B-52, Cobra Crash, Killing Two, Leaving Three Missing
Feb. 03, 1991
RIYADH, Saudi Arabia (AP) _ An Air Force B-52 bomber and a Marine Cobra helicopter gunship crashed in separate incidents, killing at least two U.S. airmen and leaving three missing, U.S. military officials said Sunday.
Both crashes apparently were not related to combat, Maj. Gen. Robert Johnston told reporters.
The AH-1 Cobra was on an escort mission in Saudi Arabia when it went down, killing its two crewmen, said Johnston, who provided no further details.
At least 26 Americans have been confirmed killed in Operation Desert Storm.
The B-52 bomber crashed in the Indian Ocean, apparently because of a mechanical problem, he said. Three crewmen were rescued and a search was under way for the three others, Johnston said.
The incident brought to 27 the number of Americans missing in action since the Gulf War began on Jan. 17, according to the Pentagon.
The huge, eight-engine bomber crashed late Saturday while heading back to its base on Diego Garcia after a bombing run, officials said. Diego Garcia is a sand atoll in the Indian Ocean 2,000 miles south of the Persian Gulf.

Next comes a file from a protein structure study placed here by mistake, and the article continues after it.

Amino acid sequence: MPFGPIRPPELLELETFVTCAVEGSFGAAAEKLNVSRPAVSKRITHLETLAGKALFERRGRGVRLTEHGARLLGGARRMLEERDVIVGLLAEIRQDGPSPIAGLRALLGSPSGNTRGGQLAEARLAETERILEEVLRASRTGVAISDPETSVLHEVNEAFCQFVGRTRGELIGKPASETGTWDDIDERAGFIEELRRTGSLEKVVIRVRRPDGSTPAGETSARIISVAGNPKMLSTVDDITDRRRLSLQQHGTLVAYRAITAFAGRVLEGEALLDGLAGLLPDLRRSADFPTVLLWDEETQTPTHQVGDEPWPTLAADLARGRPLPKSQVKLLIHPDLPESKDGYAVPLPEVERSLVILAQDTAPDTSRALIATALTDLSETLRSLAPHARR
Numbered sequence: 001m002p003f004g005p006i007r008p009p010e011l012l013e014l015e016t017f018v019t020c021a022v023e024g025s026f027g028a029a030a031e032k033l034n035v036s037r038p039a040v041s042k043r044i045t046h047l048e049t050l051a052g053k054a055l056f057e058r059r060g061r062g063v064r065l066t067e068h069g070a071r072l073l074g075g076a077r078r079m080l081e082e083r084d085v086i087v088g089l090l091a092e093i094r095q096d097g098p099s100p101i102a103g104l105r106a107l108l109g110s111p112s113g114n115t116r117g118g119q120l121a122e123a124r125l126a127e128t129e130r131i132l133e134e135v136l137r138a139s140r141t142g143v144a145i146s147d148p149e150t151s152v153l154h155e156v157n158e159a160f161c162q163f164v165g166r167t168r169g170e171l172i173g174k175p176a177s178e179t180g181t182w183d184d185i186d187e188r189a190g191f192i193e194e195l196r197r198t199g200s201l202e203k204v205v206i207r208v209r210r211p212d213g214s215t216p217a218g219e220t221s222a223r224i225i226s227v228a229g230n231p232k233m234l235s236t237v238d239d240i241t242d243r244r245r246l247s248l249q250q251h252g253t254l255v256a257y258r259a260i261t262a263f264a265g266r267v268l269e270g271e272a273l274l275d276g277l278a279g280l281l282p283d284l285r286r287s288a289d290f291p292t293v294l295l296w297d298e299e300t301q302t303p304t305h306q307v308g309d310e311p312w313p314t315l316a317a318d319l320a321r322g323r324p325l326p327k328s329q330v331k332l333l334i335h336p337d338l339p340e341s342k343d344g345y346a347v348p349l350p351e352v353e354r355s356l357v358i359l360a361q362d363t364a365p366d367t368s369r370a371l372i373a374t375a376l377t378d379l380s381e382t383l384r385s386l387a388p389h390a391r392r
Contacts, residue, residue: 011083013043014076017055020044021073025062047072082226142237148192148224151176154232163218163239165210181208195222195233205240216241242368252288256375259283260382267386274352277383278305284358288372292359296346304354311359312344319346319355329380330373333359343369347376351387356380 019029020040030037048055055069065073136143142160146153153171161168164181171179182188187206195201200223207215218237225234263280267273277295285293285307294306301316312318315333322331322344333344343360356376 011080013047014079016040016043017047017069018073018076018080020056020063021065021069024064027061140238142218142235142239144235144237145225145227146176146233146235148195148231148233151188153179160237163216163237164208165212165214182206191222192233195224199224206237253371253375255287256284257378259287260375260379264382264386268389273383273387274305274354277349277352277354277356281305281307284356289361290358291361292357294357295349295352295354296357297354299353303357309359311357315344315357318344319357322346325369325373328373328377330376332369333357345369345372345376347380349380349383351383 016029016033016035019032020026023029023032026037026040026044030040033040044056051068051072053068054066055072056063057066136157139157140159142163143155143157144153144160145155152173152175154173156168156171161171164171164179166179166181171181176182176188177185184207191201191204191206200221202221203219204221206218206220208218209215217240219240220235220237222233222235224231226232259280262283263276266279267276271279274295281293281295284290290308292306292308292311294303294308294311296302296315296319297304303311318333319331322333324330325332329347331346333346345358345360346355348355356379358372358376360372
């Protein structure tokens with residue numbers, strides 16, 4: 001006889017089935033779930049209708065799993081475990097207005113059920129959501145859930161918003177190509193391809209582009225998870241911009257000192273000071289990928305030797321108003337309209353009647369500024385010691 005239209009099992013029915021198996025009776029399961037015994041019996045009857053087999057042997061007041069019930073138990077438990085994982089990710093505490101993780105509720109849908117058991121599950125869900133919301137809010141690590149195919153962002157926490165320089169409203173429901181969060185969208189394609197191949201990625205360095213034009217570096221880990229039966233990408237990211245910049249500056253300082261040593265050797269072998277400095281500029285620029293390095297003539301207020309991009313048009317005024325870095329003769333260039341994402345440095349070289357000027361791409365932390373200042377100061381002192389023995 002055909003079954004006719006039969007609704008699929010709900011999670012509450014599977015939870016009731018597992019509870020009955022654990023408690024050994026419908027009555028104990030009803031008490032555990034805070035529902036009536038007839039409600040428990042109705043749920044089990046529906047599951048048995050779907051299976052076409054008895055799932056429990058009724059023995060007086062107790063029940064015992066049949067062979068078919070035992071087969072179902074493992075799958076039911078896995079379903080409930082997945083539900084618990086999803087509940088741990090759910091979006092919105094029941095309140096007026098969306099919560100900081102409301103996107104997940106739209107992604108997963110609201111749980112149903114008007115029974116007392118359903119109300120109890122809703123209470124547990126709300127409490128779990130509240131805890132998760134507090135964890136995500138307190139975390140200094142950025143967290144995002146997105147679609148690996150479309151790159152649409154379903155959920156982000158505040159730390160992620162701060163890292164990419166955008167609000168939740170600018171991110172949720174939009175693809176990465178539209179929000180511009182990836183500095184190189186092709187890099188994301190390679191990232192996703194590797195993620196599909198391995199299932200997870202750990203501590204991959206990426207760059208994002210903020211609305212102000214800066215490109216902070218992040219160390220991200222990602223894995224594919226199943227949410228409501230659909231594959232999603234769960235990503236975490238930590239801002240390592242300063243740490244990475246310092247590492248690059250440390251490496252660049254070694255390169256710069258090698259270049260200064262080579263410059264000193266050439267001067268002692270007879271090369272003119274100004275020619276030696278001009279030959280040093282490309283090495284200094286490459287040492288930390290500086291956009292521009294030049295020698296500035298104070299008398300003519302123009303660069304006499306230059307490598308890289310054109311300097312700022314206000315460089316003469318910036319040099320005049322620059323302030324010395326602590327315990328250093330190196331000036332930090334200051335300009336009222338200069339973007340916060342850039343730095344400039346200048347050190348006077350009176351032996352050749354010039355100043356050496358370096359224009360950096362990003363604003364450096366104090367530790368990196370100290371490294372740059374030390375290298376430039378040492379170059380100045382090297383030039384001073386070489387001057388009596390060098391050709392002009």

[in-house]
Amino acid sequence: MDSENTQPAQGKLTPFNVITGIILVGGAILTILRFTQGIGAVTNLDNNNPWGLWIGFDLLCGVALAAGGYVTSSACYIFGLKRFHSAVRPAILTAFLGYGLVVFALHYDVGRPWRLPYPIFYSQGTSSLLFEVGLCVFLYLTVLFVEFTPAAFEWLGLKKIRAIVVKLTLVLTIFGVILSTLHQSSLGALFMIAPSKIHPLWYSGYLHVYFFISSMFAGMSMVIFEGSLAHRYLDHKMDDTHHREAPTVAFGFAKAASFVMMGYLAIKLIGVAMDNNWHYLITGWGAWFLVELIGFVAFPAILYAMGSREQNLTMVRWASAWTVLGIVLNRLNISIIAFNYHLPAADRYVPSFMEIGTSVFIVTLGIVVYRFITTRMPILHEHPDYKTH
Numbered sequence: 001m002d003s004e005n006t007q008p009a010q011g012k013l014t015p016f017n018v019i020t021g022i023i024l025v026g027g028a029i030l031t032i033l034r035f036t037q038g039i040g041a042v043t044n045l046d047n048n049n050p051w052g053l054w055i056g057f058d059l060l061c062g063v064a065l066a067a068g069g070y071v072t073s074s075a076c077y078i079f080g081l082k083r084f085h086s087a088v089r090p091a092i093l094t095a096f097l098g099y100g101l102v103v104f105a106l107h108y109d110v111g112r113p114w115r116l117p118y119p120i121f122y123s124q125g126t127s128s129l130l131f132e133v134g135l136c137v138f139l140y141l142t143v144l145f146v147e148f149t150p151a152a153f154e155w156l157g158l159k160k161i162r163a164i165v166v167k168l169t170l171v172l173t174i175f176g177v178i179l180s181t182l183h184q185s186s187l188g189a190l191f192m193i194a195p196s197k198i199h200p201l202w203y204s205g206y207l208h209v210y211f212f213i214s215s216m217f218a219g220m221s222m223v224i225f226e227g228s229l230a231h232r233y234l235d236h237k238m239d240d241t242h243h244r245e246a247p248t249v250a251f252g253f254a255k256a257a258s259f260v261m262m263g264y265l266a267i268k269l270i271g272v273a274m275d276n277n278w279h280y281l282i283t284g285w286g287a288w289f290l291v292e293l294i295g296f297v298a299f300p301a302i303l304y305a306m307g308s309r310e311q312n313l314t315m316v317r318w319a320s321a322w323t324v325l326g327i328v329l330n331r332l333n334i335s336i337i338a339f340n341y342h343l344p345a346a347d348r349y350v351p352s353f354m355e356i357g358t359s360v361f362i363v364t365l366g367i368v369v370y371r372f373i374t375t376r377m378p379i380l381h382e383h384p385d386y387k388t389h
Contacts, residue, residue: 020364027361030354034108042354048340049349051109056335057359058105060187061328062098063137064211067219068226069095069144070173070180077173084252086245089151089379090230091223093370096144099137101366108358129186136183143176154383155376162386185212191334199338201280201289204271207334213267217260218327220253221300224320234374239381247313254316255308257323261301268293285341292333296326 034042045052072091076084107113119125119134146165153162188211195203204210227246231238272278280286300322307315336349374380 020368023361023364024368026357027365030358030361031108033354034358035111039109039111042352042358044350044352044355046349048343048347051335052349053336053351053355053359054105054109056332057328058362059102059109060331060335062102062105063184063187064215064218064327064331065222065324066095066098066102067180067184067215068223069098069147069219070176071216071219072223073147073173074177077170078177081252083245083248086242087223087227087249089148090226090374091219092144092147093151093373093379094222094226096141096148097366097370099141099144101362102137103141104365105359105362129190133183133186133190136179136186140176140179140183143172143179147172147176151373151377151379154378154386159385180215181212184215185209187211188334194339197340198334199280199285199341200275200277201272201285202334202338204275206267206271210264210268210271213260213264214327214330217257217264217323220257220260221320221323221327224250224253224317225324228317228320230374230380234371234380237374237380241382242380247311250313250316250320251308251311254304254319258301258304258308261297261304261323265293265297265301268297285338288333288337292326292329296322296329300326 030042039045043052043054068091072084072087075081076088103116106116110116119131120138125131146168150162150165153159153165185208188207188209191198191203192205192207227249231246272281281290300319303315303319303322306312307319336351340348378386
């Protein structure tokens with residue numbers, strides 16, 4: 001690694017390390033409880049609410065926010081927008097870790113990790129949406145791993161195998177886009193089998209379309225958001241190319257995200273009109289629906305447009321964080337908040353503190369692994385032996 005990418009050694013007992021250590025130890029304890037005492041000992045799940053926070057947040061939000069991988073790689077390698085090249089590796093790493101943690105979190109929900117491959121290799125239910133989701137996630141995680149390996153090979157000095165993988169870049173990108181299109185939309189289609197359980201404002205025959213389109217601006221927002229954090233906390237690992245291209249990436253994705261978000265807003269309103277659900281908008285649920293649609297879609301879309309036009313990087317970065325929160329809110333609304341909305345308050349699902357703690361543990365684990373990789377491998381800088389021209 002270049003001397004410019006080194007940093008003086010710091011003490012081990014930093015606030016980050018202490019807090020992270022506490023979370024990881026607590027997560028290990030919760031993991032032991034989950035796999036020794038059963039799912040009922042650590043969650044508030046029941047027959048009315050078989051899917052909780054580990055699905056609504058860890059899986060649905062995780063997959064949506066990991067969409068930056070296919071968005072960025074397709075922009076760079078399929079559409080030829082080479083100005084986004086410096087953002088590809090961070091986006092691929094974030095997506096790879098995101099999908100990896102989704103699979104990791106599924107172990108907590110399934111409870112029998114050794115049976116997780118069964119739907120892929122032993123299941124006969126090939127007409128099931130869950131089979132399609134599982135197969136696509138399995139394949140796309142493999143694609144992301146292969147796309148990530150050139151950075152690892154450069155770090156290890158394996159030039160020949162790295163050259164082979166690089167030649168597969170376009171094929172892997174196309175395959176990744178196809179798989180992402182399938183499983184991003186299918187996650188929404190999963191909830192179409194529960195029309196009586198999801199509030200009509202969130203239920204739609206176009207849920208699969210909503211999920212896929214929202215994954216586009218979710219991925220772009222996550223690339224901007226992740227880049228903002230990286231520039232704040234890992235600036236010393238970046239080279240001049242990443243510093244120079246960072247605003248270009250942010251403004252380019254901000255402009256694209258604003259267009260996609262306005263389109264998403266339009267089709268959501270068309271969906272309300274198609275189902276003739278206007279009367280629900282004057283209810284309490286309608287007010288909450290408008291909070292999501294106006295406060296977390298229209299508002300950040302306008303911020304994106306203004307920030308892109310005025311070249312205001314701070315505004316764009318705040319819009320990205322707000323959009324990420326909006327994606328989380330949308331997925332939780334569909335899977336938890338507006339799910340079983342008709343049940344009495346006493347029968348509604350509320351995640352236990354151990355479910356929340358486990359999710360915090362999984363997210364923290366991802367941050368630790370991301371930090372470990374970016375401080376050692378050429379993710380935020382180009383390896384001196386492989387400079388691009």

Several dozen of the big B-52 bombers, which date back 35 years in service and were widely used in Vietnam two decades ago, were brought to Diego Garcia in August as part of the buildup for the war against Iraq.
The bombers, which have a wingspan of 185 feet, have been pounding targets daily in occupied Kuwait. Military sources say they have concentrated their devastating attacks on suspected Iraq troop concentrations, especially those of the Republican Guards, considered Iraq's best troops.
In Vietnam, the B-52s flew hundreds of raids and were regarded as one of the best weapons against enemy troop concentrations.
About two dozen of the high-flying bombers were lost in Vietnam, but because of their vulnerability to anti-aircraft missiles they did not venture over North Vietnam until late 1972, when about 16 were shot down in a period of two weeks during raids designed to force Hanoi to the peace table.
The B-52s normally fly in ''cells'' of three planes, dropping their bomb loads in a box-shaped area about one mile long by a half-mile wide, according to officers knowldgeable about the techniques.
In the current war, the planes reportedly have flown at lower altitudes, with bomb loads at about half the 30 tons that each carried in Indochina.
U.S. military officials say the B-52s are raining 750-pound bombs on the Iraqi targets in Kuwait, with what one called ''fantastic effect'' on the Republican Guards' positions, believed in northern Kuwait near the Iraqi border.
Field reports from the desert near the Kuwait-Saudi border say the rumble of B-52 raids can be heard most nights in that region as well.